Four Decades of Hospice Caring
Celebrating 40 Years of Talbot Hospice and the services of Nurse Marjorie “Pete” Fox.
By Sheila Buckmaster
Known as Pete since her childhood as an animal-loving tomboy, this Hospice nurse is now 88. She’s been with Hospice since its inception in 1981 and remains devoted to the Talbot Hospice mission of lovingly caring for patients with life-ending illnesses.
I pull up to Pete’s house, on a busy Easton road. Before me is lots of lawn (mowed by Pete) and a solid brick rancher whose most pronounced characteristic is the electrified candles in each window. Soon I will come to learn, these lights can be seen as beacons signifying a household that holds fast to helping out whenever possible. This is a safe haven.
We exchange hellos. Shake hands. My first impression is of a vital, capable woman. Pete seats me at the head of the dining room table. There are stacks of papers and piles of files. It looks like she’s assembled some historic Talbot Hospice newsletters and clippings for me to look over.
"My wife and I both felt very compelled to sit down and try to attempt to put our feelings into words about the people who make up the Talbot Hospice Foundation.
There is one person who, in our hearts, we feel went above and beyond in her responsibilities. That person is Mrs. Pete Fox. Pete not only helped my mother but helped each member of my family get through this most difficult time..."—a loving son
After graduating as valedictorian from Cordova High School, one of eleven in her class, Pete went on to three years at the Memorial Hospital School of Nursing in Easton. From there, she was hired to work on the medical surgical unit at what was then called Easton Memorial Hospital. But let’s back up a bit. Every morning during nursing school, she and the other nurses-in-training went into the “chapel” at 6:30am. (The room was actually an office for doctors who came in later in the morning.) “Someone would read a scripture,” she says, “and we all would repeat, ‘Do unto others as you would have others do unto you.’” For four decades, Pete has taken care of her patients the way she would want to be taken care of.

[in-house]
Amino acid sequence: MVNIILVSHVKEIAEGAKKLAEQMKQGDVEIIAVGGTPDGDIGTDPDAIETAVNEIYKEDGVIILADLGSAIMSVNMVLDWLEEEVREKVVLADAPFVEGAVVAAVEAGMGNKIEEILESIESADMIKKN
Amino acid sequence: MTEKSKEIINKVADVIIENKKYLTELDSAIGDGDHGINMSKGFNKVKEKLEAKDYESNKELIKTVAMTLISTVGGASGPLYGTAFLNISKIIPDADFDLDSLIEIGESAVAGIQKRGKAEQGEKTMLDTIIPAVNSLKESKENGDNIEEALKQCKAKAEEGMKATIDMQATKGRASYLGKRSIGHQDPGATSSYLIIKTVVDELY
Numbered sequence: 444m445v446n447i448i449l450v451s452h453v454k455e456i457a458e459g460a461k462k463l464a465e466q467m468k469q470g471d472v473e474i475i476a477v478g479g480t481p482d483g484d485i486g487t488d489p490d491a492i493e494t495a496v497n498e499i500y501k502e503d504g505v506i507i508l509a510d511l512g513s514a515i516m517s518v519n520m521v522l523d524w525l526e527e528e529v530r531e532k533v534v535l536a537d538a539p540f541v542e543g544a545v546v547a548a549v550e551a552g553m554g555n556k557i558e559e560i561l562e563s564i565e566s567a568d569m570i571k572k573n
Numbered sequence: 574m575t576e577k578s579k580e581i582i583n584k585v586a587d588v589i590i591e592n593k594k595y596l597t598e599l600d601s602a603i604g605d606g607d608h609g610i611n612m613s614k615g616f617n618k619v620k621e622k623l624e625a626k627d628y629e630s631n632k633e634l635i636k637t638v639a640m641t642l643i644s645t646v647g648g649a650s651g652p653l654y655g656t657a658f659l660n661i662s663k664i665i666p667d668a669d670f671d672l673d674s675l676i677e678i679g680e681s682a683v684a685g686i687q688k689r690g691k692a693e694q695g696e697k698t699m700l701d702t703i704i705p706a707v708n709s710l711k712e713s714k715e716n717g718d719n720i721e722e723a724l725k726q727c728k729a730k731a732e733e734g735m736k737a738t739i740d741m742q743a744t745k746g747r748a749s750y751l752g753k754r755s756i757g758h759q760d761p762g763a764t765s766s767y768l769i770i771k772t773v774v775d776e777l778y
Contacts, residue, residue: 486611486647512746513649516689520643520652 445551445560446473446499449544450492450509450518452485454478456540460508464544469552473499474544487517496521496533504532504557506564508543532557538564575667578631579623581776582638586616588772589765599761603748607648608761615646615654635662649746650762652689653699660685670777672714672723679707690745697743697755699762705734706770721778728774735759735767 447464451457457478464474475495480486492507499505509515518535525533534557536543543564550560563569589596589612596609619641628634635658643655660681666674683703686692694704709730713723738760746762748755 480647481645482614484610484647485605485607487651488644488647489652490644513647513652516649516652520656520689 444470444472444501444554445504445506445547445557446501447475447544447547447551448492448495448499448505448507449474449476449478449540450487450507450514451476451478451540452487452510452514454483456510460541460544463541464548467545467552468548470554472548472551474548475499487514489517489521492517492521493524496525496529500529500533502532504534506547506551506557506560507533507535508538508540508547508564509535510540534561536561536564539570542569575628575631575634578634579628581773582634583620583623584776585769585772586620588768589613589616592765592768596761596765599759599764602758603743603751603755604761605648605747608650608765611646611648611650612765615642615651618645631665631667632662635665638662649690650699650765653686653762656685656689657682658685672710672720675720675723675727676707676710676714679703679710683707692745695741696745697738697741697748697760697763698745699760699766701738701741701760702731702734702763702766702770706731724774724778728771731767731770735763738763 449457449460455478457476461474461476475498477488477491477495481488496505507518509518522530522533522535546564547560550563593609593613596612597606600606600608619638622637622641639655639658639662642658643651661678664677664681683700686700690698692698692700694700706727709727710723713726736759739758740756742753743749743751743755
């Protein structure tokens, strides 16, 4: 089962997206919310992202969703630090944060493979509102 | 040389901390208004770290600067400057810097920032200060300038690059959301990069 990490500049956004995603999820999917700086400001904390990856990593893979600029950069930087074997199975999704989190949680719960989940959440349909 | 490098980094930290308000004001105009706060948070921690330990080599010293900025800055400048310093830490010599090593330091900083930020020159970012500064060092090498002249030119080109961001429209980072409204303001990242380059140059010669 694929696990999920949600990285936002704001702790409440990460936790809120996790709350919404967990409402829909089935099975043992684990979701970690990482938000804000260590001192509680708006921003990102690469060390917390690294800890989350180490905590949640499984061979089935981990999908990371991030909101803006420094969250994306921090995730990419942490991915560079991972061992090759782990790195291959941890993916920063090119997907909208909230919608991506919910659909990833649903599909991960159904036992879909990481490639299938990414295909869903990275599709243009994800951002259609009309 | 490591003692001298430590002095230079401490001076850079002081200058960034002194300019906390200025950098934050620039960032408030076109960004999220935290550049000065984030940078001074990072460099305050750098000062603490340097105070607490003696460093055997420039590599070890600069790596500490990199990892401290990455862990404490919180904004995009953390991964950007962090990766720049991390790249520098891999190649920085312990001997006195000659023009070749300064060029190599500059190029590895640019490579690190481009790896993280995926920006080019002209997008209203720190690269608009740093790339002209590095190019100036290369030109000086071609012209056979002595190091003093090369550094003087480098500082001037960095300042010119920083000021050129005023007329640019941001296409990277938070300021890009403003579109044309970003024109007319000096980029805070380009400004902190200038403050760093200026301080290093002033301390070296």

While working at the hospital, a call from the Talbot County Health Department would lead to a switching of professional gears. She would sign on to offer relief for Health Department nurses taking time off for vacations. Pete was also poised to be a hands-on asset when the Health Department gave birth to Talbot Hospice in 1981.
“When Hospice came on board, I switched from home healthcare to Hospice,” Pete says . Pete saw most of her patients in their homes. It wasn’t until 1998 that the six-guestroom Hospice House was completed. (Today, Hospice patients continue to be cared for at home, at Hospice House, and in nursing-home facilities.)
"I've have had the pleasure of working with Pete Fox off and on over many years while in private practice with my own patients enrolled in Hospice as well as when I came on board as a medical director for the Hospice organization. It was always comforting when I received a call from Pete because I knew the person on the end of the line was confident, knowledgeable and fully aware of what was going on with the patient in question. Pete, in a very succinct manner, advised me of the situation and she usually had very good suggestions to take care of the problem, to which I replied “Sounds good Pete, go right ahead." —Dr. Rob Sanchez, a Talbot Hospice Medical Director
In 2014, six guest rooms were added to Hospice House, bringing the total to twelve. Rooms were named for donor sponsors. But, somehow, the 12th patient room went unnamed. But that’s going to change. Mia Cranford, Talbot Hospice Director of Development, is mid-campaign in the effort to raise $50,000 that will be followed by the official naming of Room 12. It will be called the Marjorie “Pete” Fox room.